Never mind climate change, Davos prefers private jets

Participants to the World Economic Forum (WEF) annual meeting are seen in the Congress Centre, on January 22, 2019 in Davos, eastern Switzerland. (AFP)
Updated 22 January 2019
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Never mind climate change, Davos prefers private jets

  • It forecast nearly 1,500 private jet flights over the week of the World Economic Forum (WEF) to airports near Davos in the Swiss Alps
  • The website privatefly.com forecast an even higher number of private flight movements related to Davos this week, of around 2,000 in and out of local airports

DAVOS, Switzerland: The Davos elite say they are more worried than ever about climate change. But that isn’t stopping them chartering private jets in record numbers.
The convenience and comfort of flying privately rather than commercially appears to outweigh any concerns about the outsized carbon footprint it involves, judging by a number-crunching exercise by the company Air Charter Service (ACS).
It forecast nearly 1,500 private jet flights over the week of the World Economic Forum (WEF) to airports near Davos in the Swiss Alps.
That would be up from the more than 1,300 aircraft movements seen at last year’s forum, despite climate change registering as the top risk factor identified for the global economy in a survey of WEF movers and shakers last week.
In a blog post, the website privatefly.com forecast an even higher number of private flight movements related to Davos this week, of around 2,000 in and out of local airports.
And while most people reach Davos by car or train after alighting from airports such as Zurich, two to three hours’ away, a select few CEOs and government leaders hire helicopters to save time.
Demand for private jets in the week of Davos far outstrips other events that also loom large on the private aviation calendar, such as the Super Bowl or Champions’ League final, according to Andy Christie, private jets director at ACS.
“We have had bookings from as far as our operations in Hong Kong, India and the US — no other event has the same global appeal,” he said in a statement
And the trend is toward even more expensive, larger private jets such as the Gulfstream GV and Bombardier’s Global Express.
“This is at least in part due to some of the long distances traveled, but also possibly due to business rivals not wanting to be seen to be outdone by one another,” Christie said.
WEF organizers insist they are making the annual forum environmentally sustainable, offsetting the carbon emissions generated by private aviation as much as possible through their own initiatives on the ground.
“We encourage our partners from business and others to take that (offsetting measures) on,” Dominique Waughray, head of Global Public Goods at the WEF, told AFP last week.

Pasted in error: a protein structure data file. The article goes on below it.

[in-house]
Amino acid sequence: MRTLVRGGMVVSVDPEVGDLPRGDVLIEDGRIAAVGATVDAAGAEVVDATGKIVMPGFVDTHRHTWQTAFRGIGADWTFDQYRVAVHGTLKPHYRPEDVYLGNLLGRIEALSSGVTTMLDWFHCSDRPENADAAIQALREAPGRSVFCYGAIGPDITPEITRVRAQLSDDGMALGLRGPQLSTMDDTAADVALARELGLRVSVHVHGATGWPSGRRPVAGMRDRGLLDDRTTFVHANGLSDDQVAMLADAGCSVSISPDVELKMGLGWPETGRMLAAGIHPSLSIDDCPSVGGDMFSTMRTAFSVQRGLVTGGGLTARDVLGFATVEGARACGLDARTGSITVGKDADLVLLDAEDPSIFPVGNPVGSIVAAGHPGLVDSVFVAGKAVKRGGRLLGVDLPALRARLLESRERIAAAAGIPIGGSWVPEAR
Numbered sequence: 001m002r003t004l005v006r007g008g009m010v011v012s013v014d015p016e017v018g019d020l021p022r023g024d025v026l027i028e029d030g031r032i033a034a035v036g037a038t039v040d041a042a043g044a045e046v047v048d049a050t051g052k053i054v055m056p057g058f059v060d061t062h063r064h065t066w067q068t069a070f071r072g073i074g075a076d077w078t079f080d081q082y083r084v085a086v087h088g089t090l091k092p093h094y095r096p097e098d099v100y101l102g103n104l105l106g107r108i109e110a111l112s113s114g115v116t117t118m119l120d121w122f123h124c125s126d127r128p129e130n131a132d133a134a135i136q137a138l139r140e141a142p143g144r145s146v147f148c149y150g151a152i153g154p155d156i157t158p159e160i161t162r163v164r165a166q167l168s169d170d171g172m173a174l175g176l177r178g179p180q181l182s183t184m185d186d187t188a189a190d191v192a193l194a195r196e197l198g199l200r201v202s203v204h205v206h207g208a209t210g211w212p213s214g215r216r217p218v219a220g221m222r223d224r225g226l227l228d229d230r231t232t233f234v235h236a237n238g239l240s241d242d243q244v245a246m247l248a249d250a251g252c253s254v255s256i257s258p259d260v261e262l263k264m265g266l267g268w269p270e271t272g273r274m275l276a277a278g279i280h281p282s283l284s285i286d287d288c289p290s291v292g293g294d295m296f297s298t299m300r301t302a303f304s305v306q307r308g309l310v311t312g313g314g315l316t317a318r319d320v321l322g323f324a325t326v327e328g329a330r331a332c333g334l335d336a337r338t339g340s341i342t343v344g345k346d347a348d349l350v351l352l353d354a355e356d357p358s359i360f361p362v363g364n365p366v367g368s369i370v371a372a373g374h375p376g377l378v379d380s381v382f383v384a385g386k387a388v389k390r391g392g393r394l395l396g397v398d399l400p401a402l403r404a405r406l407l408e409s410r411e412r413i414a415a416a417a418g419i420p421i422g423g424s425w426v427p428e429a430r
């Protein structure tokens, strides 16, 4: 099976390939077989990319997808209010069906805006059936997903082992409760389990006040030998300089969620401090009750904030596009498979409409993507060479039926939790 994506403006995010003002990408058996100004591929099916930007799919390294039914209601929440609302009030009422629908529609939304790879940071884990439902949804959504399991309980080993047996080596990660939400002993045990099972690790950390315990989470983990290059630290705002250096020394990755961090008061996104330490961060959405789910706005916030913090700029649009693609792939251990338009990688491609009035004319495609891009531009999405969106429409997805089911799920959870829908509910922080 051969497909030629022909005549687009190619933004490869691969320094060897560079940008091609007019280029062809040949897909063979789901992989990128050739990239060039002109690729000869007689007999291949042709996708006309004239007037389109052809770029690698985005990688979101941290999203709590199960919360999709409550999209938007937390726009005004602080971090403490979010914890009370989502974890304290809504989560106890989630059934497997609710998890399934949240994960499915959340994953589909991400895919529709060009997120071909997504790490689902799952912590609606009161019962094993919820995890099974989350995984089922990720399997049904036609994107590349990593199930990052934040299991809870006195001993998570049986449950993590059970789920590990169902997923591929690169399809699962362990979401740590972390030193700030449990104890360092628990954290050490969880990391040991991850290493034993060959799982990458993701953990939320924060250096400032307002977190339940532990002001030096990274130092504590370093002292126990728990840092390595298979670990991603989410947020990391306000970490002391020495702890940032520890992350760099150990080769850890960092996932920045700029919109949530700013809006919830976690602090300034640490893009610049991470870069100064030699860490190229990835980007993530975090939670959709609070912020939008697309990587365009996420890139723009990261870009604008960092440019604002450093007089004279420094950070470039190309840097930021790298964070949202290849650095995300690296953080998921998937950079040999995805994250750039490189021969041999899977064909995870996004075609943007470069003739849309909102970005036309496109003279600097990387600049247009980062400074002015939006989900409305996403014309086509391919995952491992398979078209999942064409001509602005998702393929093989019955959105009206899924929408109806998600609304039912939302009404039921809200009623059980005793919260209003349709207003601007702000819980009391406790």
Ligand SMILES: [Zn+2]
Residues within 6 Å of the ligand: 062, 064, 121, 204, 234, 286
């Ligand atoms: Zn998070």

“Most of the private aircraft that come in are actually for government officials, because under the Vienna convention the most efficient and secure way of getting people to an event like that is via an aircraft,” she said.
“So that is a sort of security brief, but we still offset them.”


Ex-Goldman banker to finish Malaysia legal process before US extradition

Updated 38 min 2 sec ago
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Ex-Goldman banker to finish Malaysia legal process before US extradition

  • Goldman’s role is under scrutiny as the Wall Street titan helped arrange $6.5 billion in bonds for 1MDB
  • Authorities in Malaysia and the US accuse former employees of bribery and stealing billions of dollars

KUALA LUMPUR, Malaysia: A former Goldman Sachs banker accused of involvement in the multi-billion-dollar 1MDB scandal will only be extradited to the United States after legal proceedings against him in Malaysia are completed, a minister said.
Huge sums of public money were purportedly stolen from Malaysian state fund 1MDB and used to buy everything from yachts to art in a scheme that allegedly involved former premier Najib Razak and contributed to his government’s election defeat.
Goldman’s role is under scrutiny as the Wall Street titan helped arrange $6.5 billion in bonds for 1MDB. Authorities in Malaysia and the US accuse former employees of bribery and stealing billions of dollars, and investigators believe cash was laundered through the US financial system.
Malaysian Ng Chong Hwa, a former managing director at the bank, was indicted in November when US authorities also lodged an extradition request. He has been in custody in Malaysia since the US indictment.
Malaysia also filed charges against Ng, more commonly known as Roger Ng, as well as Goldman.
At a court hearing last week, Ng agreed to stop fighting the extradition request and said he wanted to be sent to the US within 30 days.
But Malaysia’s government must approve his extradition, and Interior Minister Muhyiddin Yassin said Ng’s case in Malaysia must go ahead first.
“We will honor the extradition but we will prioritize the case in Malaysia until it is completed. This is the advice of the attorney-general, and we will abide by it,” Yassin said.
Ng’s case will likely come before the Malaysian courts again next month, he said.
Ng was charged in Malaysia in December with four counts related to 1MDB, and has pleaded not guilty. He faces up to 40 years in jail if convicted.
As well as Ng, former Goldman partner Tim Leissner and the bank’s subsidiaries are also accused of making false statements in order to steal billions of dollars, and of bribing officials.
Leissner has already pleaded guilty in the US to 1MDB-linked charges.